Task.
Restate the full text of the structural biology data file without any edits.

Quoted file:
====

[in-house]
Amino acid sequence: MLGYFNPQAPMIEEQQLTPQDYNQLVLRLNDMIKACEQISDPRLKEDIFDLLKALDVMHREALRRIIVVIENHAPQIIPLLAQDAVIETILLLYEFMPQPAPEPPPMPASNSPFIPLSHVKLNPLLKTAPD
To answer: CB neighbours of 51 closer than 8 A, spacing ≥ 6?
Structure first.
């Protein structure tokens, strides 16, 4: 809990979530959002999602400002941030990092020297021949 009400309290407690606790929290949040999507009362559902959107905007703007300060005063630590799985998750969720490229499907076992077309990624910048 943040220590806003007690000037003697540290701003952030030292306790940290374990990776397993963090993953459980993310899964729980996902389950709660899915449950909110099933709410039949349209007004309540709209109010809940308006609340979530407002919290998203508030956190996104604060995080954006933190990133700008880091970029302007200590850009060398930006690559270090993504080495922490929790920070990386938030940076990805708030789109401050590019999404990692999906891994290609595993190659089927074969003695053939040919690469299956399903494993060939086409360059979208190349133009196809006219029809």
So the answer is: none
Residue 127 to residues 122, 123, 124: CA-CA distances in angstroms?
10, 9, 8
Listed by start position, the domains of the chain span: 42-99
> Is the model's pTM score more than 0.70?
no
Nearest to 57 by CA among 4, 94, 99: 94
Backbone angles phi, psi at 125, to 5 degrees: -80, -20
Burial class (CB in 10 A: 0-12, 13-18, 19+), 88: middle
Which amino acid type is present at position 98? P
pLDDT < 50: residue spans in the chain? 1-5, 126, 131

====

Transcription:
[in-house]
Amino acid sequence: MLGYFNPQAPMIEEQQLTPQDYNQLVLRLNDMIKACEQISDPRLKEDIFDLLKALDVMHREALRRIIVVIENHAPQIIPLLAQDAVIETILLLYEFMPQPAPEPPPMPASNSPFIPLSHVKLNPLLKTAPD
To answer: CB neighbours of 51 closer than 8 A, spacing ≥ 6?
Structure first.
């Protein structure tokens, strides 16, 4: 809990979530959002999602400002941030990092020297021949 009400309290407690606790929290949040999507009362559902959107905007703007300060005063630590799985998750969720490229499907076992077309990624910048 943040220590806003007690000037003697540290701003952030030292306790940290374990990776397993963090993953459980993310899964729980996902389950709660899915449950909110099933709410039949349209007004309540709209109010809940308006609340979530407002919290998203508030956190996104604060995080954006933190990133700008880091970029302007200590850009060398930006690559270090993504080495922490929790920070990386938030940076990805708030789109401050590019999404990692999906891994290609595993190659089927074969003695053939040919690469299956399903494993060939086409360059979208190349133009196809006219029809």
So the answer is: none
Residue 127 to residues 122, 123, 124: CA-CA distances in angstroms?
10, 9, 8
Listed by start position, the domains of the chain span: 42-99
> Is the model's pTM score more than 0.70?
no
Nearest to 57 by CA among 4, 94, 99: 94
Backbone angles phi, psi at 125, to 5 degrees: -80, -20
Burial class (CB in 10 A: 0-12, 13-18, 19+), 88: middle
Which amino acid type is present at position 98? P
pLDDT < 50: residue spans in the chain? 1-5, 126, 131